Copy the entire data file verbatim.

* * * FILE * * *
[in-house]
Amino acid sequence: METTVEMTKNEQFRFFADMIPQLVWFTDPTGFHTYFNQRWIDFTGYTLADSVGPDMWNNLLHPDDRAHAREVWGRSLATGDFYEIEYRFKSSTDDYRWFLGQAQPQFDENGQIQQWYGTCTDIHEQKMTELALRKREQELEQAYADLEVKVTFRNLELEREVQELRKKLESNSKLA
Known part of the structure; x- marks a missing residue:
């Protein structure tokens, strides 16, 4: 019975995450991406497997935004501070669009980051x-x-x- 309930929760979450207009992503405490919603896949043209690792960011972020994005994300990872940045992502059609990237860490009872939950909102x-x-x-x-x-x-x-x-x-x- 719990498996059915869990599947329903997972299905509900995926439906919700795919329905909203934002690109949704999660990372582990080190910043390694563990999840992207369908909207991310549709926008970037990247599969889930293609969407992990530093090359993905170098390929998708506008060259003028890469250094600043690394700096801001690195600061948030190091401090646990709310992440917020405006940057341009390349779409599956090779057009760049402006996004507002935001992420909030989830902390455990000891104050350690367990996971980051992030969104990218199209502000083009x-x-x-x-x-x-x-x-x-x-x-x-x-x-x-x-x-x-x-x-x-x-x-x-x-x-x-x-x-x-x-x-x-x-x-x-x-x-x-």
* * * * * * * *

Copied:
[in-house]
Amino acid sequence: METTVEMTKNEQFRFFADMIPQLVWFTDPTGFHTYFNQRWIDFTGYTLADSVGPDMWNNLLHPDDRAHAREVWGRSLATGDFYEIEYRFKSSTDDYRWFLGQAQPQFDENGQIQQWYGTCTDIHEQKMTELALRKREQELEQAYADLEVKVTFRNLELEREVQELRKKLESNSKLA
Known part of the structure; x- marks a missing residue:
């Protein structure tokens, strides 16, 4: 019975995450991406497997935004501070669009980051x-x-x- 309930929760979450207009992503405490919603896949043209690792960011972020994005994300990872940045992502059609990237860490009872939950909102x-x-x-x-x-x-x-x-x-x- 719990498996059915869990599947329903997972299905509900995926439906919700795919329905909203934002690109949704999660990372582990080190910043390694563990999840992207369908909207991310549709926008970037990247599969889930293609969407992990530093090359993905170098390929998708506008060259003028890469250094600043690394700096801001690195600061948030190091401090646990709310992440917020405006940057341009390349779409599956090779057009760049402006996004507002935001992420909030989830902390455990000891104050350690367990996971980051992030969104990218199209502000083009x-x-x-x-x-x-x-x-x-x-x-x-x-x-x-x-x-x-x-x-x-x-x-x-x-x-x-x-x-x-x-x-x-x-x-x-x-x-x-």